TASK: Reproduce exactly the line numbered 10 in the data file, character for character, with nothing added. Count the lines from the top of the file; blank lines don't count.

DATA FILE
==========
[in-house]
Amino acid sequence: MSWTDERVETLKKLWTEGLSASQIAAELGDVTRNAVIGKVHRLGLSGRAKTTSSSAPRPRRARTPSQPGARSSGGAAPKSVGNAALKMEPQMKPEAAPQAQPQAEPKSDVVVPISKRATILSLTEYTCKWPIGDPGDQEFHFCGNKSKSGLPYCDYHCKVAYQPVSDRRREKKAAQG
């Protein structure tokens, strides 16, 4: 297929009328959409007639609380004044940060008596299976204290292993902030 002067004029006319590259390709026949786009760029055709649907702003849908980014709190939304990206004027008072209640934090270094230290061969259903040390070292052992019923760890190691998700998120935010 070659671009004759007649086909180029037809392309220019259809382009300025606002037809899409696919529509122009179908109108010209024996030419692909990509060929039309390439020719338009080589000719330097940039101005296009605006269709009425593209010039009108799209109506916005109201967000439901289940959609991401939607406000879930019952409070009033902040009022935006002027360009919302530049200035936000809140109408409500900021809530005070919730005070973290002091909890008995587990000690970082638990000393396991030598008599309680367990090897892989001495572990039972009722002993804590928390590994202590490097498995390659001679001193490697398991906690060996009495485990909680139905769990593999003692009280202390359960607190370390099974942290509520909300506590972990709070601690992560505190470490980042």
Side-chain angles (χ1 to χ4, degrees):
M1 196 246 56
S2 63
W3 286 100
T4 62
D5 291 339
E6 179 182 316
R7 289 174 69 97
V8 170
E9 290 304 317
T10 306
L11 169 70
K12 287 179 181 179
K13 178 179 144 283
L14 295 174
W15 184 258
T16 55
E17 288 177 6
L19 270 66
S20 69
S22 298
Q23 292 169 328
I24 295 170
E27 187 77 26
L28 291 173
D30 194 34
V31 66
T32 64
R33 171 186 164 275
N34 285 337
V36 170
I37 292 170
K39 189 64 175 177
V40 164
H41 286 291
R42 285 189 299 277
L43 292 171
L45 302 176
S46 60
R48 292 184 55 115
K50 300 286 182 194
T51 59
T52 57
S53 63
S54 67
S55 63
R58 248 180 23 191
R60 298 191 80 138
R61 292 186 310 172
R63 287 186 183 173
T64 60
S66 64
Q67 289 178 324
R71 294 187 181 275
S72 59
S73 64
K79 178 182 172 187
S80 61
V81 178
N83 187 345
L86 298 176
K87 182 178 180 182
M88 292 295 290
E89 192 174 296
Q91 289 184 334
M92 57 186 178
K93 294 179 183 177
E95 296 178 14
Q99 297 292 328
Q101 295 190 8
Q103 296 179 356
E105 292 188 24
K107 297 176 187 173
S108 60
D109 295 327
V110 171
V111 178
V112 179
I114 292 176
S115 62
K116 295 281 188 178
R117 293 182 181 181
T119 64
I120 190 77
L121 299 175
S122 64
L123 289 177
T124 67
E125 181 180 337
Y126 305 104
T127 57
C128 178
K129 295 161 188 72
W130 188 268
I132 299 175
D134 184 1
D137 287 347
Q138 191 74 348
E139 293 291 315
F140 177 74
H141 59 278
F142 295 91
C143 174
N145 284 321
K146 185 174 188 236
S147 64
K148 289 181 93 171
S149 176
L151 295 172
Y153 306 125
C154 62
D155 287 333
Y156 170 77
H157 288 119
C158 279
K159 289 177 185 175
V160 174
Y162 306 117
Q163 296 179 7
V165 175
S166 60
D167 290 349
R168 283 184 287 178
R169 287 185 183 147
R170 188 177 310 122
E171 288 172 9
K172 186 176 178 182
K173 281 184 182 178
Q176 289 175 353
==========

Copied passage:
E6 179 182 316